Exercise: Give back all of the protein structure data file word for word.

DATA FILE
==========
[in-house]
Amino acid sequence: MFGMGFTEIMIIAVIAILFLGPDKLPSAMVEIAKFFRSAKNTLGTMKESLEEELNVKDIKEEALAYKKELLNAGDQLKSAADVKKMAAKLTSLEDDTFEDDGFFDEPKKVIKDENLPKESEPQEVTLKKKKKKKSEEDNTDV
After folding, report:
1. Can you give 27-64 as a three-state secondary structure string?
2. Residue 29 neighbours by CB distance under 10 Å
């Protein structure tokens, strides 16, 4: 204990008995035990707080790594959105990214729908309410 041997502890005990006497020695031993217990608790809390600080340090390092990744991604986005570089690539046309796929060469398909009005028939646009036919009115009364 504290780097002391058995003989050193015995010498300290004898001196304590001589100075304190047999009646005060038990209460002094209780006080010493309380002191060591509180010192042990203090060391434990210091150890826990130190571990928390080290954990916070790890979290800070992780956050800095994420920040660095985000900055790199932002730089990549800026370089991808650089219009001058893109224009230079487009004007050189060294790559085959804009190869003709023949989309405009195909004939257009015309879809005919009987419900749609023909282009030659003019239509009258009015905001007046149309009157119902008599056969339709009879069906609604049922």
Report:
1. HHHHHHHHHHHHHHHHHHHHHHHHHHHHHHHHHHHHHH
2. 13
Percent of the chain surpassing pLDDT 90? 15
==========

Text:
[in-house]
Amino acid sequence: MFGMGFTEIMIIAVIAILFLGPDKLPSAMVEIAKFFRSAKNTLGTMKESLEEELNVKDIKEEALAYKKELLNAGDQLKSAADVKKMAAKLTSLEDDTFEDDGFFDEPKKVIKDENLPKESEPQEVTLKKKKKKKSEEDNTDV
After folding, report:
1. Can you give 27-64 as a three-state secondary structure string?
2. Residue 29 neighbours by CB distance under 10 Å
């Protein structure tokens, strides 16, 4: 204990008995035990707080790594959105990214729908309410 041997502890005990006497020695031993217990608790809390600080340090390092990744991604986005570089690539046309796929060469398909009005028939646009036919009115009364 504290780097002391058995003989050193015995010498300290004898001196304590001589100075304190047999009646005060038990209460002094209780006080010493309380002191060591509180010192042990203090060391434990210091150890826990130190571990928390080290954990916070790890979290800070992780956050800095994420920040660095985000900055790199932002730089990549800026370089991808650089219009001058893109224009230079487009004007050189060294790559085959804009190869003709023949989309405009195909004939257009015309879809005919009987419900749609023909282009030659003019239509009258009015905001007046149309009157119902008599056969339709009879069906609604049922």
Report:
1. HHHHHHHHHHHHHHHHHHHHHHHHHHHHHHHHHHHHHH
2. 13
Percent of the chain surpassing pLDDT 90? 15